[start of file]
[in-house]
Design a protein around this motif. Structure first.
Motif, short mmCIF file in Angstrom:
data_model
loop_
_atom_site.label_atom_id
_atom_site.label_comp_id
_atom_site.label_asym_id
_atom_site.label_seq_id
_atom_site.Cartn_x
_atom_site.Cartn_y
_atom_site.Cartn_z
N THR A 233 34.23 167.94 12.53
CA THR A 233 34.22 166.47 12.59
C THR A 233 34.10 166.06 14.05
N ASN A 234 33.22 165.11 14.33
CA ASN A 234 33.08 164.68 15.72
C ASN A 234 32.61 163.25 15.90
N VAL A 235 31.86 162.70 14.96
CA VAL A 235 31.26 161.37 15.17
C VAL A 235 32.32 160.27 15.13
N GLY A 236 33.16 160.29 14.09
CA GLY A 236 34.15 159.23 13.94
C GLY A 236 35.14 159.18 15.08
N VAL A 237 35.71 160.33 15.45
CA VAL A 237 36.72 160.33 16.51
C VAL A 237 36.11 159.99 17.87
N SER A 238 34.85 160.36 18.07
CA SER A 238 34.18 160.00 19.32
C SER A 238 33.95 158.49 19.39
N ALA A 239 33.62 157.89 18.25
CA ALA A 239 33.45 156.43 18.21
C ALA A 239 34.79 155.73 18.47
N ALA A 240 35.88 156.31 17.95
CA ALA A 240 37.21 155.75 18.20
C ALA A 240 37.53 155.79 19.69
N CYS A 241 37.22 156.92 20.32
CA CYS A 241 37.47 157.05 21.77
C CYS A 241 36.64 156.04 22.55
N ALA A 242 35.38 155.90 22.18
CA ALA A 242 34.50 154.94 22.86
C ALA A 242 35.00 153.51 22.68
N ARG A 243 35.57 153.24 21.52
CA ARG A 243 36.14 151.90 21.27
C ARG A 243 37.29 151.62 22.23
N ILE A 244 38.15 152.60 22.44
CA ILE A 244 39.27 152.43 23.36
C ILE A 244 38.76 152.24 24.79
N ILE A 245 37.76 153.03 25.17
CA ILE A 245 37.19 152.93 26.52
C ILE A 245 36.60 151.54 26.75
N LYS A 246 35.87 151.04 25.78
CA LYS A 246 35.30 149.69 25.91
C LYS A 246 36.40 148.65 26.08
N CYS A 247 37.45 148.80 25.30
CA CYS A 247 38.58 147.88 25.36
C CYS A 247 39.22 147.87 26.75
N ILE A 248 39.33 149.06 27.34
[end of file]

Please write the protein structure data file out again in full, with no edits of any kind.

[in-house]
Design a protein around this motif. Structure first.
Motif, short mmCIF file in Angstrom:
data_model
loop_
_atom_site.label_atom_id
_atom_site.label_comp_id
_atom_site.label_asym_id
_atom_site.label_seq_id
_atom_site.Cartn_x
_atom_site.Cartn_y
_atom_site.Cartn_z
N THR A 233 34.23 167.94 12.53
CA THR A 233 34.22 166.47 12.59
C THR A 233 34.10 166.06 14.05
N ASN A 234 33.22 165.11 14.33
CA ASN A 234 33.08 164.68 15.72
C ASN A 234 32.61 163.25 15.90
N VAL A 235 31.86 162.70 14.96
CA VAL A 235 31.26 161.37 15.17
C VAL A 235 32.32 160.27 15.13
N GLY A 236 33.16 160.29 14.09
CA GLY A 236 34.15 159.23 13.94
C GLY A 236 35.14 159.18 15.08
N VAL A 237 35.71 160.33 15.45
CA VAL A 237 36.72 160.33 16.51
C VAL A 237 36.11 159.99 17.87
N SER A 238 34.85 160.36 18.07
CA SER A 238 34.18 160.00 19.32
C SER A 238 33.95 158.49 19.39
N ALA A 239 33.62 157.89 18.25
CA ALA A 239 33.45 156.43 18.21
C ALA A 239 34.79 155.73 18.47
N ALA A 240 35.88 156.31 17.95
CA ALA A 240 37.21 155.75 18.20
C ALA A 240 37.53 155.79 19.69
N CYS A 241 37.22 156.92 20.32
CA CYS A 241 37.47 157.05 21.77
C CYS A 241 36.64 156.04 22.55
N ALA A 242 35.38 155.90 22.18
CA ALA A 242 34.50 154.94 22.86
C ALA A 242 35.00 153.51 22.68
N ARG A 243 35.57 153.24 21.52
CA ARG A 243 36.14 151.90 21.27
C ARG A 243 37.29 151.62 22.23
N ILE A 244 38.15 152.60 22.44
CA ILE A 244 39.27 152.43 23.36
C ILE A 244 38.76 152.24 24.79
N ILE A 245 37.76 153.03 25.17
CA ILE A 245 37.19 152.93 26.52
C ILE A 245 36.60 151.54 26.75
N LYS A 246 35.87 151.04 25.78
CA LYS A 246 35.30 149.69 25.91
C LYS A 246 36.40 148.65 26.08
N CYS A 247 37.45 148.80 25.30
CA CYS A 247 38.58 147.88 25.36
C CYS A 247 39.22 147.87 26.75
N ILE A 248 39.33 149.06 27.34